In practice (say, in computer science), collections with many "labels" ("identities"), or collections which occur in many copies, are more frequently used than sets. Such collections do not satisfy the extensionality axiom, i.e. two different such collections A and B can have same elements (I would then say that A and B are "extensionally equivalent"). I am aware that extensionality axiom is independent of other axioms in ZF and possibly in other axiomatic set theories.

Is there any (systematic) research of a set theory without extensionality axiom? Say, how a model of such a theory can be obtained in ZF, or whether the model of such a theory ratio the "extensionality equivalence" is a model of a set theory with extensionality axiom? It sounds probable that such collections have to do with multisets, i.e. sets, the elements of which can occur in many copies - the atoms must be allowed to occur in many copies, once such collections can have many copies). By the way, is there an axiomatized multiset theory?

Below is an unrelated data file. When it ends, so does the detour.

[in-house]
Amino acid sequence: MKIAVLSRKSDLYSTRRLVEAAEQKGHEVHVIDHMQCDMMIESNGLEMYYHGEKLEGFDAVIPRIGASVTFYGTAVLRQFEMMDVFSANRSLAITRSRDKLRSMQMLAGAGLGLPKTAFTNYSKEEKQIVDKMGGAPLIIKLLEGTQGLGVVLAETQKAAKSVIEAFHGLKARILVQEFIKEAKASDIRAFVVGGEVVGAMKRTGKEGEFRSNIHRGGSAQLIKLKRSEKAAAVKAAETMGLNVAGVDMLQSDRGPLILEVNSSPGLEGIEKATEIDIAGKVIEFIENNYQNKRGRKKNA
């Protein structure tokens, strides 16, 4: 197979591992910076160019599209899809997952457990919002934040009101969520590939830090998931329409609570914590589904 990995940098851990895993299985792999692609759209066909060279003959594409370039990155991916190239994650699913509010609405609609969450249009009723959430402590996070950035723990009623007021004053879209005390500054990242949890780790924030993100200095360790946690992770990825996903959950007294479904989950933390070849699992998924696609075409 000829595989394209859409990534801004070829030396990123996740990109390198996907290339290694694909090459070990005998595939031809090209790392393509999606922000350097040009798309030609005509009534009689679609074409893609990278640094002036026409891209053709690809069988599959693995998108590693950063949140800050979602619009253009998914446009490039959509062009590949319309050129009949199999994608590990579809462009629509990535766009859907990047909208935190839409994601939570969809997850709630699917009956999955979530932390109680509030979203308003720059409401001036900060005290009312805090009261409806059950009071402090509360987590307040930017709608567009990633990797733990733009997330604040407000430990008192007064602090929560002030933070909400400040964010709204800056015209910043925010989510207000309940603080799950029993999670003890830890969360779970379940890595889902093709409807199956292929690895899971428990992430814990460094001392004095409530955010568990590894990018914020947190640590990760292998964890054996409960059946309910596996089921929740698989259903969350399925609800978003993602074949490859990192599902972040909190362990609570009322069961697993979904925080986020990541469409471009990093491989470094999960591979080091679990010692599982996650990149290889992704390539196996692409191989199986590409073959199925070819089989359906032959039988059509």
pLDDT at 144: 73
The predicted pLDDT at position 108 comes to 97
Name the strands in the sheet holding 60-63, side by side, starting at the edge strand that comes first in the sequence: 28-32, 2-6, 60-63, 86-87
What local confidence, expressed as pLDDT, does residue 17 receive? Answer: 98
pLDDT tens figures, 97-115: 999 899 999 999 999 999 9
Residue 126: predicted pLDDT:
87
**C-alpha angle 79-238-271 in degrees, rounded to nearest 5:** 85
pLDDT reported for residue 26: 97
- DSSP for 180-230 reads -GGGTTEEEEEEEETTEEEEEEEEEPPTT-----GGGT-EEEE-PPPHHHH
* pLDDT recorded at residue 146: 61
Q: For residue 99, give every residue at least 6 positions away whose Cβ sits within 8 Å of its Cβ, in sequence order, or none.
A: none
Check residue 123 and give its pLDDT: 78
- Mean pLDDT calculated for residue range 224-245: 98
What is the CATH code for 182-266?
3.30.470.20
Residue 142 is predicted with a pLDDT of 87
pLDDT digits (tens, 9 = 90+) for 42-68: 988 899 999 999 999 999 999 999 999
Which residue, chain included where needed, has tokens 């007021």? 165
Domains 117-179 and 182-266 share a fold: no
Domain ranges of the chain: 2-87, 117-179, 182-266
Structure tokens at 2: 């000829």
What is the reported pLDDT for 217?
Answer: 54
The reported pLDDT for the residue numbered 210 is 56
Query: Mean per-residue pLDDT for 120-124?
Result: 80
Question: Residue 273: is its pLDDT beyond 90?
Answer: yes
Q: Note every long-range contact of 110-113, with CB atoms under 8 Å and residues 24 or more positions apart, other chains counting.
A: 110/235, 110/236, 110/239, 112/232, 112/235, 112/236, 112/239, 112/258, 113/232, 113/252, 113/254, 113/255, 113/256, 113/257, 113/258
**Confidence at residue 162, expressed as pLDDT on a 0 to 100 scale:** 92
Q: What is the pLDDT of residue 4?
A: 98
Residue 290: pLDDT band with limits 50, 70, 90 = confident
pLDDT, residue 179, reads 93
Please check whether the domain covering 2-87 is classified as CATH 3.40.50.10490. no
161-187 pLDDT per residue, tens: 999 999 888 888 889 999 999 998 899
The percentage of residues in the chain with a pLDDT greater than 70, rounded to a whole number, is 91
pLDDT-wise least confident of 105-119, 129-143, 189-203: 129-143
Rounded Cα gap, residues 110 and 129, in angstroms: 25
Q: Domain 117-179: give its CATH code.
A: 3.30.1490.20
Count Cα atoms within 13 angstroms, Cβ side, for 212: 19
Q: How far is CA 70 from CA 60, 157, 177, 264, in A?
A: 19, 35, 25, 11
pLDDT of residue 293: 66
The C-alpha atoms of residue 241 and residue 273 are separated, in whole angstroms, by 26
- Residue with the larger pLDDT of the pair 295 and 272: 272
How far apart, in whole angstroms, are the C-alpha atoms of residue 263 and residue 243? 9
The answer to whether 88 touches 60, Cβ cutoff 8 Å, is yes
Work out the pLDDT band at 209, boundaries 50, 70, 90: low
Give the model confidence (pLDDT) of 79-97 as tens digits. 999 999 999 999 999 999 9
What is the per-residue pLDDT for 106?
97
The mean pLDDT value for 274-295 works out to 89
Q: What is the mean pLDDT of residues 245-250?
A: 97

• $\begingroup$ ETCS? $\endgroup$
    – David Roberts
    May 27, 2014 at 8:23
  • $\begingroup$ @DavidRoberts: This sounds to be ETCS, but the language of category theory is difficult for me. Is there a "classical" exposition of ETCS? $\endgroup$ May 27, 2014 at 10:04
  • $\begingroup$ @IoachimD You might take a look at Mike Shulman's SEAR in the nLab. $\endgroup$
    – Todd Trimble
    May 27, 2014 at 13:57

2 Answers 2


Going the other direction, it turns out that classical ZF (using collection + separation) can be embedded in the theory where you drop extensionality---everything in classical set theory is still possible in a sense even when extensionality is not available. The idea is that when one lacks extensionality, one may recover it by defining an equivalence of sets, namely, that of having the same members, but then one wants really to define sets as equivalent when they have equivalent members, and so in in a transfinite refining process of the equivalence relation. The result is that in any model of ZF- without extensionality, one can define a corresponding model of ZF.